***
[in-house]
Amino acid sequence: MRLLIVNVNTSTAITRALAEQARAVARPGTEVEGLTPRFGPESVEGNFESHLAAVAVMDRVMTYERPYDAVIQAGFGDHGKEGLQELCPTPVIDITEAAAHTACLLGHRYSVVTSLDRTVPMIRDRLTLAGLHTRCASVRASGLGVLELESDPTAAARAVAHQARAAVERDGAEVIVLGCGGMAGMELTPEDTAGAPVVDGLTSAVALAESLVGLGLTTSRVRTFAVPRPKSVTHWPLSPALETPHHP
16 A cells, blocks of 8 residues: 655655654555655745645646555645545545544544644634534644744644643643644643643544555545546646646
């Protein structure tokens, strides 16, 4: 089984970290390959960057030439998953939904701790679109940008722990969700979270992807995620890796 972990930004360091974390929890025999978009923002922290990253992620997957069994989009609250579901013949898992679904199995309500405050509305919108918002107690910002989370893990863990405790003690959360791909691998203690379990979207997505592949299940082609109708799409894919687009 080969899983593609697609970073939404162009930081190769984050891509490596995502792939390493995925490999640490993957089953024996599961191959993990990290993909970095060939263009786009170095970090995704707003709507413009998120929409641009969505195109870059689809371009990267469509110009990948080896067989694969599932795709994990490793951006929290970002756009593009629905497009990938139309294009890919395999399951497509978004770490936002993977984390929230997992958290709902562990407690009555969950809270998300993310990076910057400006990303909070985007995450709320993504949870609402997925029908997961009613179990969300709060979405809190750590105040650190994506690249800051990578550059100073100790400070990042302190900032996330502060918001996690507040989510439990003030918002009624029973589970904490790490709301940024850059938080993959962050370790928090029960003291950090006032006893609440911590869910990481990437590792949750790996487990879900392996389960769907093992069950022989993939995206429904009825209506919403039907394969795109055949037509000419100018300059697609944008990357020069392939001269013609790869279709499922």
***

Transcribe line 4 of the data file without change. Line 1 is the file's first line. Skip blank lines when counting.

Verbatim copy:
């Protein structure tokens, strides 16, 4: 089984970290390959960057030439998953939904701790679109940008722990969700979270992807995620890796 972990930004360091974390929890025999978009923002922290990253992620997957069994989009609250579901013949898992679904199995309500405050509305919108918002107690910002989370893990863990405790003690959360791909691998203690379990979207997505592949299940082609109708799409894919687009 080969899983593609697609970073939404162009930081190769984050891509490596995502792939390493995925490999640490993957089953024996599961191959993990990290993909970095060939263009786009170095970090995704707003709507413009998120929409641009969505195109870059689809371009990267469509110009990948080896067989694969599932795709994990490793951006929290970002756009593009629905497009990938139309294009890919395999399951497509978004770490936002993977984390929230997992958290709902562990407690009555969950809270998300993310990076910057400006990303909070985007995450709320993504949870609402997925029908997961009613179990969300709060979405809190750590105040650190994506690249800051990578550059100073100790400070990042302190900032996330502060918001996690507040989510439990003030918002009624029973589970904490790490709301940024850059938080993959962050370790928090029960003291950090006032006893609440911590869910990481990437590792949750790996487990879900392996389960769907093992069950022989993939995206429904009825209506919403039907394969795109055949037509000419100018300059697609944008990357020069392939001269013609790869279709499922």